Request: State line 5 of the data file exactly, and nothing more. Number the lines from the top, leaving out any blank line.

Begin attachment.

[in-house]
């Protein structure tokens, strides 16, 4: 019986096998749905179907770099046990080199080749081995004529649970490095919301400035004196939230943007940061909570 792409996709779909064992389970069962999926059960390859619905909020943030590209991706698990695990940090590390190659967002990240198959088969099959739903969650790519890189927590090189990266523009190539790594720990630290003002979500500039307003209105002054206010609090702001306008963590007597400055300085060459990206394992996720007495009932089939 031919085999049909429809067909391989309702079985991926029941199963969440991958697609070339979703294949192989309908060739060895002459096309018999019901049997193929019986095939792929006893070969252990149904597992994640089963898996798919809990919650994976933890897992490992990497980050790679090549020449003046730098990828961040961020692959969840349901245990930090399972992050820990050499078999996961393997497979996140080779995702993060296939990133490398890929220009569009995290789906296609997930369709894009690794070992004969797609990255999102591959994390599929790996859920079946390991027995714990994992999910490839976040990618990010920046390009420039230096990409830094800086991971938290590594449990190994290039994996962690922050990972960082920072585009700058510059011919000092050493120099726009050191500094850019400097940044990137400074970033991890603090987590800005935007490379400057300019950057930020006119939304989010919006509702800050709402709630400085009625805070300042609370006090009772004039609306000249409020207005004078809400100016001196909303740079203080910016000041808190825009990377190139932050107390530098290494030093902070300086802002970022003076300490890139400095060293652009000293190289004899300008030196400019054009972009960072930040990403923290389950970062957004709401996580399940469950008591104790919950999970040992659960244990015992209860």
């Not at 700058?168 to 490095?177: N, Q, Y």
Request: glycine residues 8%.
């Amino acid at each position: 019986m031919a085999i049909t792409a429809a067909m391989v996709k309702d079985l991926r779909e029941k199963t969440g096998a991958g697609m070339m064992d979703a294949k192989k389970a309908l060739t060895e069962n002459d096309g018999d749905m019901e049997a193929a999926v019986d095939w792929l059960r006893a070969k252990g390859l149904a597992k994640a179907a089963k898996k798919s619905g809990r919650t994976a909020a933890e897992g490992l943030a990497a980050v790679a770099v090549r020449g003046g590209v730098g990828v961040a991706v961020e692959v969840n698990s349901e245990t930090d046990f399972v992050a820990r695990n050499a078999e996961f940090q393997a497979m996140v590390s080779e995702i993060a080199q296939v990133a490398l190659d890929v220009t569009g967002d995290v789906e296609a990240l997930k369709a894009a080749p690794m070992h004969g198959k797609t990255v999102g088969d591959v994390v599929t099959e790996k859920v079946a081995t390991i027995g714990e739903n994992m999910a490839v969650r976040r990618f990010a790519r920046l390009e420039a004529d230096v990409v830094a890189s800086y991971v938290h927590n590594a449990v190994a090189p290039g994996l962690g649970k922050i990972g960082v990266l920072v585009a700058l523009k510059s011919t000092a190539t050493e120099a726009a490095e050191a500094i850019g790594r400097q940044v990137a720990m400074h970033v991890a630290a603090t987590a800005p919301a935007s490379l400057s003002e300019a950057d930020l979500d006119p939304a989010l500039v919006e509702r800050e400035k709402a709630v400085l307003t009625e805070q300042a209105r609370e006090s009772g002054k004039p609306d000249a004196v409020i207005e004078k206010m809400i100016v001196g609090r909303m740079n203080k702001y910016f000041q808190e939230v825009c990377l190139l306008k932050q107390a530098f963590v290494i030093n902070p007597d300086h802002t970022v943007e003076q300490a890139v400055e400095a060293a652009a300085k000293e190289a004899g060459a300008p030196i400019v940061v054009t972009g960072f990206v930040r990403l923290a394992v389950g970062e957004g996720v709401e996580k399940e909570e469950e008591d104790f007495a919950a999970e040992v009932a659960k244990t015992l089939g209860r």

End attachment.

């Amino acid at each position: 019986m031919a085999i049909t792409a429809a067909m391989v996709k309702d079985l991926r779909e029941k199963t969440g096998a991958g697609m070339m064992d979703a294949k192989k389970a309908l060739t060895e069962n002459d096309g018999d749905m019901e049997a193929a999926v019986d095939w792929l059960r006893a070969k252990g390859l149904a597992k994640a179907a089963k898996k798919s619905g809990r919650t994976a909020a933890e897992g490992l943030a990497a980050v790679a770099v090549r020449g003046g590209v730098g990828v961040a991706v961020e692959v969840n698990s349901e245990t930090d046990f399972v992050a820990r695990n050499a078999e996961f940090q393997a497979m996140v590390s080779e995702i993060a080199q296939v990133a490398l190659d890929v220009t569009g967002d995290v789906e296609a990240l997930k369709a894009a080749p690794m070992h004969g198959k797609t990255v999102g088969d591959v994390v599929t099959e790996k859920v079946a081995t390991i027995g714990e739903n994992m999910a490839v969650r976040r990618f990010a790519r920046l390009e420039a004529d230096v990409v830094a890189s800086y991971v938290h927590n590594a449990v190994a090189p290039g994996l962690g649970k922050i990972g960082v990266l920072v585009a700058l523009k510059s011919t000092a190539t050493e120099a726009a490095e050191a500094i850019g790594r400097q940044v990137a720990m400074h970033v991890a630290a603090t987590a800005p919301a935007s490379l400057s003002e300019a950057d930020l979500d006119p939304a989010l500039v919006e509702r800050e400035k709402a709630v400085l307003t009625e805070q300042a209105r609370e006090s009772g002054k004039p609306d000249a004196v409020i207005e004078k206010m809400i100016v001196g609090r909303m740079n203080k702001y910016f000041q808190e939230v825009c990377l190139l306008k932050q107390a530098f963590v290494i030093n902070p007597d300086h802002t970022v943007e003076q300490a890139v400055e400095a060293a652009a300085k000293e190289a004899g060459a300008p030196i400019v940061v054009t972009g960072f990206v930040r990403l923290a394992v389950g970062e957004g996720v709401e996580k399940e909570e469950e008591d104790f007495a919950a999970e040992v009932a659960k244990t015992l089939g209860r």